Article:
Deploying Machine Learning For A Sustainable Future, Cary Coglianese May 2020

Deploying Machine Learning For A Sustainable Future, Cary Coglianese

All Faculty Scholarship

To meet the environmental challenges of a warming planet and an increasingly complex, high tech economy, government must become smarter about how it makes policies and deploys its limited resources. It specifically needs to build a robust capacity to analyze large volumes of environmental and economic data by using machine-learning algorithms to improve regulatory oversight, monitoring, and decision-making. Three challenges can be expected to drive the need for algorithmic environmental governance: more problems, less funding, and growing public demands. This paper explains why algorithmic governance will prove pivotal in meeting these challenges, but it also presents four likely obstacles that …


This Is What Democracy Looks Like: Title Ix And The Legitimacy Of The Administrative State, Samuel R. Bagentos May 2020

This Is What Democracy Looks Like: Title Ix And The Legitimacy Of The Administrative State, Samuel R. Bagentos

Michigan Law Review

Review of R. Shep Melnick's The Transformation of Title IX: Regulating Gender Equality in Education.


Fda In The Time Of Covid-19, Elizabeth Mccuskey Apr 2020

Fda In The Time Of Covid-19, Elizabeth Mccuskey

Faculty Scholarship

Over the past century, Congress has made the Food & Drug Administration (FDA) responsible for regulating the safety and efficacy of drugs and devices being deployed in the fight against the COVID-19 pandemic. The FDA’s regulatory infrastructure was built for public health threats and to combat manufacturers' misinformation about treatments.

This article spotlights the ways in which FDA has been adapting to a new challenge during the COVID-19 pandemic: combating misinformation emanating from within the executive branch.


Reflections On The Effects Of Federalism On Opioid Policy, Matthew B. Lawrence Apr 2020

Reflections On The Effects Of Federalism On Opioid Policy, Matthew B. Lawrence

Dickinson Law Review (2017-Present)

No abstract provided.


The Opioid Litigation: The Fda Is Mia, Catherine M. Sharkey Apr 2020

The Opioid Litigation: The Fda Is Mia, Catherine M. Sharkey

Dickinson Law Review (2017-Present)

It is readily agreed that federal preemption of state tort law alters the balance between federal and state power. Federal preemption is a high-profile defense in almost all modern products liability cases. It is thus surprising to see how little attention has been given to federal preemption by courts and commentators in the opioid litigation. Opioid litigation provides a lens through which I explore the role of state and federal courts and the Food and Drug Administration (FDA) in striking the right balance of power. My purpose here is not to resolve the divide among the few courts that have …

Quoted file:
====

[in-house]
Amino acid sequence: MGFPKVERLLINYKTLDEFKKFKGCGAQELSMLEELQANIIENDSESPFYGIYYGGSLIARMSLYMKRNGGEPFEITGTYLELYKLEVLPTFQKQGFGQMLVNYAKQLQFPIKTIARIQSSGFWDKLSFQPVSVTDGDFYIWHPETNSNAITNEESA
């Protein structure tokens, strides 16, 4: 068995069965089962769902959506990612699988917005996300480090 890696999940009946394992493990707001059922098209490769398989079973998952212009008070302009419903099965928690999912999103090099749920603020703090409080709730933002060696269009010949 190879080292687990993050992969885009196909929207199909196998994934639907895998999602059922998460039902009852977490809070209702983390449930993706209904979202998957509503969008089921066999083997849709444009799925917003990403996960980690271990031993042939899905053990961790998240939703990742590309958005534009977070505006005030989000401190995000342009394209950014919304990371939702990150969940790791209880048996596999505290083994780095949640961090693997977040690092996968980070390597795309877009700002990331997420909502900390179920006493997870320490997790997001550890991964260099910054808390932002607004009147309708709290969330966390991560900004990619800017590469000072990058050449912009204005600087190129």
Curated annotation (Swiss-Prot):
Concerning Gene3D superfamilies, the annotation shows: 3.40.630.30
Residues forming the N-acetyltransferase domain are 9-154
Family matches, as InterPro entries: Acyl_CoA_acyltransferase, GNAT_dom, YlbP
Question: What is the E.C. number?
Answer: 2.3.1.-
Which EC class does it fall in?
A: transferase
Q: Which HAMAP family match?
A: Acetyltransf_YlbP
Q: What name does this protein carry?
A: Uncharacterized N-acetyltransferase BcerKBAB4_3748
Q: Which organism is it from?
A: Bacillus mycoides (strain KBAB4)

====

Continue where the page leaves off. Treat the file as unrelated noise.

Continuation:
Safe Consumption Sites And The Perverse Dynamics Of Federalism In The Aftermath Of The War On Drugs, Deborah Ahrens Apr 2020

Safe Consumption Sites And The Perverse Dynamics Of Federalism In The Aftermath Of The War On Drugs, Deborah Ahrens

Dickinson Law Review (2017-Present)

In this Article, I explore the complicated regulatory and federalism issues posed by creating safe consumption sites for drug users—an effort which would regulate drugs through use of a public health paradigm. This Article details the difficulties that localities pursuing such sites and other non-criminal-law responses have faced as a result of both federal and state interference. It contrasts those difficulties with the carte blanche local and state officials typically receive from federal regulators when creatively adopting new punitive policies to combat drugs. In so doing, this Article identifies systemic asymmetries of federalism that threaten drug policy reform. While traditional …


Uncovering Wholesale Electricity Market Principles, Michael Panfil, Rama Zakaria Mar 2020

Uncovering Wholesale Electricity Market Principles, Michael Panfil, Rama Zakaria

Michigan Journal of Environmental & Administrative Law

This paper examines, enunciates, and makes explicit a set of market principles historically relied upon by the Federal Energy Regulatory Commission (FERC) to regulate wholesale electricity markets as required under the Federal Power Act (FPA). These identified competitive market principles are supported by policy and legal foundations that run through a myriad of FERC orders and court decisions. This paper seeks to make that history and those implicit market principles explicit by distilling and organizing Commission Orders and court decisions. It concludes that five market principles, each with multiple subprinciples, can be identified as elemental to how FERC understands and …


Net Neutrality: An Explainer, Kincaid C. Brown Jan 2020

Net Neutrality: An Explainer, Kincaid C. Brown

Law Librarian Scholarship

Net neutrality is the idea that internet services or broadband providers should treat all content streaming through their systems the same, and providers who use their discretion to create “fast lanes,” block particular content, or throttle (slow down) internet speeds are not in keeping with how the internet ought to work.


Symmetry's Mandate: Constraining The Politicization Of American Administrative Law, Daniel E. Walters Jan 2020

Symmetry's Mandate: Constraining The Politicization Of American Administrative Law, Daniel E. Walters

Michigan Law Review

Recent years have seen the rise of pointed and influential critiques of deference doctrines in administrative law. What many of these critiques have in common is a view that judges, not agencies, should resolve interpretive disputes over the meaning of statutes—disputes the critics take to be purely legal and almost always resolvable using lawyerly tools of statutory construction. In this Article, I take these critiques, and the relatively formalist assumptions behind them, seriously and show that the critics have not acknowledged or advocated the full reform vision implied by their theoretical premises. Specifically, critics have extended their critique of judicial …


Individual Preferences In Policy Analysis: A Normative Framework, Gabriel Weil Jan 2020

Individual Preferences In Policy Analysis: A Normative Framework, Gabriel Weil

Scholarly Works

No abstract provided.